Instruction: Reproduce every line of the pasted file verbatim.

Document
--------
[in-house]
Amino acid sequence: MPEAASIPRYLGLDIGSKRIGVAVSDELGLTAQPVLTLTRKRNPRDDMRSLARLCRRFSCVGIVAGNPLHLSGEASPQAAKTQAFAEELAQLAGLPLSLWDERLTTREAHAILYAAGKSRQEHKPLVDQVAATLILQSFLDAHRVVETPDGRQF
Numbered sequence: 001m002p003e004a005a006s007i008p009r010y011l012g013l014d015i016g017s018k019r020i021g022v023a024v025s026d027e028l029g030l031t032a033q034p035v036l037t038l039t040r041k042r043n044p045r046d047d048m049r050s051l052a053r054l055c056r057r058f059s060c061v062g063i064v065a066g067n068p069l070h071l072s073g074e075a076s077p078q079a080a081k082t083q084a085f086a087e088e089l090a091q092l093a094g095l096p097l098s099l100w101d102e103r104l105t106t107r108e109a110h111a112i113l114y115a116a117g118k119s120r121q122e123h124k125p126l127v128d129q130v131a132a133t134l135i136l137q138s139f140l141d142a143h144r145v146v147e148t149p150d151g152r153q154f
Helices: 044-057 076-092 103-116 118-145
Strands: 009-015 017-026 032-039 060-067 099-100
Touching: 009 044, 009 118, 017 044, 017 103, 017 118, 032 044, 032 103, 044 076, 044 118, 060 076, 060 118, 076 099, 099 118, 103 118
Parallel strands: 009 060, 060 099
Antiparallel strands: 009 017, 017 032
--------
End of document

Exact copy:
[in-house]
Amino acid sequence: MPEAASIPRYLGLDIGSKRIGVAVSDELGLTAQPVLTLTRKRNPRDDMRSLARLCRRFSCVGIVAGNPLHLSGEASPQAAKTQAFAEELAQLAGLPLSLWDERLTTREAHAILYAAGKSRQEHKPLVDQVAATLILQSFLDAHRVVETPDGRQF
Numbered sequence: 001m002p003e004a005a006s007i008p009r010y011l012g013l014d015i016g017s018k019r020i021g022v023a024v025s026d027e028l029g030l031t032a033q034p035v036l037t038l039t040r041k042r043n044p045r046d047d048m049r050s051l052a053r054l055c056r057r058f059s060c061v062g063i064v065a066g067n068p069l070h071l072s073g074e075a076s077p078q079a080a081k082t083q084a085f086a087e088e089l090a091q092l093a094g095l096p097l098s099l100w101d102e103r104l105t106t107r108e109a110h111a112i113l114y115a116a117g118k119s120r121q122e123h124k125p126l127v128d129q130v131a132a133t134l135i136l137q138s139f140l141d142a143h144r145v146v147e148t149p150d151g152r153q154f
Helices: 044-057 076-092 103-116 118-145
Strands: 009-015 017-026 032-039 060-067 099-100
Touching: 009 044, 009 118, 017 044, 017 103, 017 118, 032 044, 032 103, 044 076, 044 118, 060 076, 060 118, 076 099, 099 118, 103 118
Parallel strands: 009 060, 060 099
Antiparallel strands: 009 017, 017 032